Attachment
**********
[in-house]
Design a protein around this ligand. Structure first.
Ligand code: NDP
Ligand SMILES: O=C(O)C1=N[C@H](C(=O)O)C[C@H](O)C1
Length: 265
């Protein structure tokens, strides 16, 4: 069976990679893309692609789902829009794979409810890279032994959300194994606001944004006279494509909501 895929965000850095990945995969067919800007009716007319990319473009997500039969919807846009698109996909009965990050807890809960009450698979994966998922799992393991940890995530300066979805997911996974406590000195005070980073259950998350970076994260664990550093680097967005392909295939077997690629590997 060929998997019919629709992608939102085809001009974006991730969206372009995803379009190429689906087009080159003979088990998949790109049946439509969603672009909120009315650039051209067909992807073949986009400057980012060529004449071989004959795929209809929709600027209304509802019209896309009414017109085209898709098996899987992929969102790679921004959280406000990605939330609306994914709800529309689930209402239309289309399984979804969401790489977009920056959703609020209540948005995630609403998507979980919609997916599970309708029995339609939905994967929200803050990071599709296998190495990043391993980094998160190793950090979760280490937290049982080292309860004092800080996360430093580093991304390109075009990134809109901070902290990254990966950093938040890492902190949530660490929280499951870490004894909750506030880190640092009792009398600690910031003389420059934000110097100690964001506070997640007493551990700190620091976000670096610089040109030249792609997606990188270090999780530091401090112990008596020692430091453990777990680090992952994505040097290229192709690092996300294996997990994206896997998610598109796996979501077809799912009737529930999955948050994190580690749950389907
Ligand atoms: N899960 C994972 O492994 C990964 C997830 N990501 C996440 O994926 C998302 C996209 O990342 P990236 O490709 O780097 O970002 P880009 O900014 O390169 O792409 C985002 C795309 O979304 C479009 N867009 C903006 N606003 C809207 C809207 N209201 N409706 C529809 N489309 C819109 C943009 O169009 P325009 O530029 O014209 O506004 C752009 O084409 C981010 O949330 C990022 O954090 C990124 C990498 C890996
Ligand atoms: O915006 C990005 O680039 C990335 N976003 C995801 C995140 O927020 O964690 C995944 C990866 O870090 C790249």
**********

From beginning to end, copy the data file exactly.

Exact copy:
[in-house]
Design a protein around this ligand. Structure first.
Ligand code: NDP
Ligand SMILES: O=C(O)C1=N[C@H](C(=O)O)C[C@H](O)C1
Length: 265
């Protein structure tokens, strides 16, 4: 069976990679893309692609789902829009794979409810890279032994959300194994606001944004006279494509909501 895929965000850095990945995969067919800007009716007319990319473009997500039969919807846009698109996909009965990050807890809960009450698979994966998922799992393991940890995530300066979805997911996974406590000195005070980073259950998350970076994260664990550093680097967005392909295939077997690629590997 060929998997019919629709992608939102085809001009974006991730969206372009995803379009190429689906087009080159003979088990998949790109049946439509969603672009909120009315650039051209067909992807073949986009400057980012060529004449071989004959795929209809929709600027209304509802019209896309009414017109085209898709098996899987992929969102790679921004959280406000990605939330609306994914709800529309689930209402239309289309399984979804969401790489977009920056959703609020209540948005995630609403998507979980919609997916599970309708029995339609939905994967929200803050990071599709296998190495990043391993980094998160190793950090979760280490937290049982080292309860004092800080996360430093580093991304390109075009990134809109901070902290990254990966950093938040890492902190949530660490929280499951870490004894909750506030880190640092009792009398600690910031003389420059934000110097100690964001506070997640007493551990700190620091976000670096610089040109030249792609997606990188270090999780530091401090112990008596020692430091453990777990680090992952994505040097290229192709690092996300294996997990994206896997998610598109796996979501077809799912009737529930999955948050994190580690749950389907
Ligand atoms: N899960 C994972 O492994 C990964 C997830 N990501 C996440 O994926 C998302 C996209 O990342 P990236 O490709 O780097 O970002 P880009 O900014 O390169 O792409 C985002 C795309 O979304 C479009 N867009 C903006 N606003 C809207 C809207 N209201 N409706 C529809 N489309 C819109 C943009 O169009 P325009 O530029 O014209 O506004 C752009 O084409 C981010 O949330 C990022 O954090 C990124 C990498 C890996
Ligand atoms: O915006 C990005 O680039 C990335 N976003 C995801 C995140 O927020 O964690 C995944 C990866 O870090 C790249």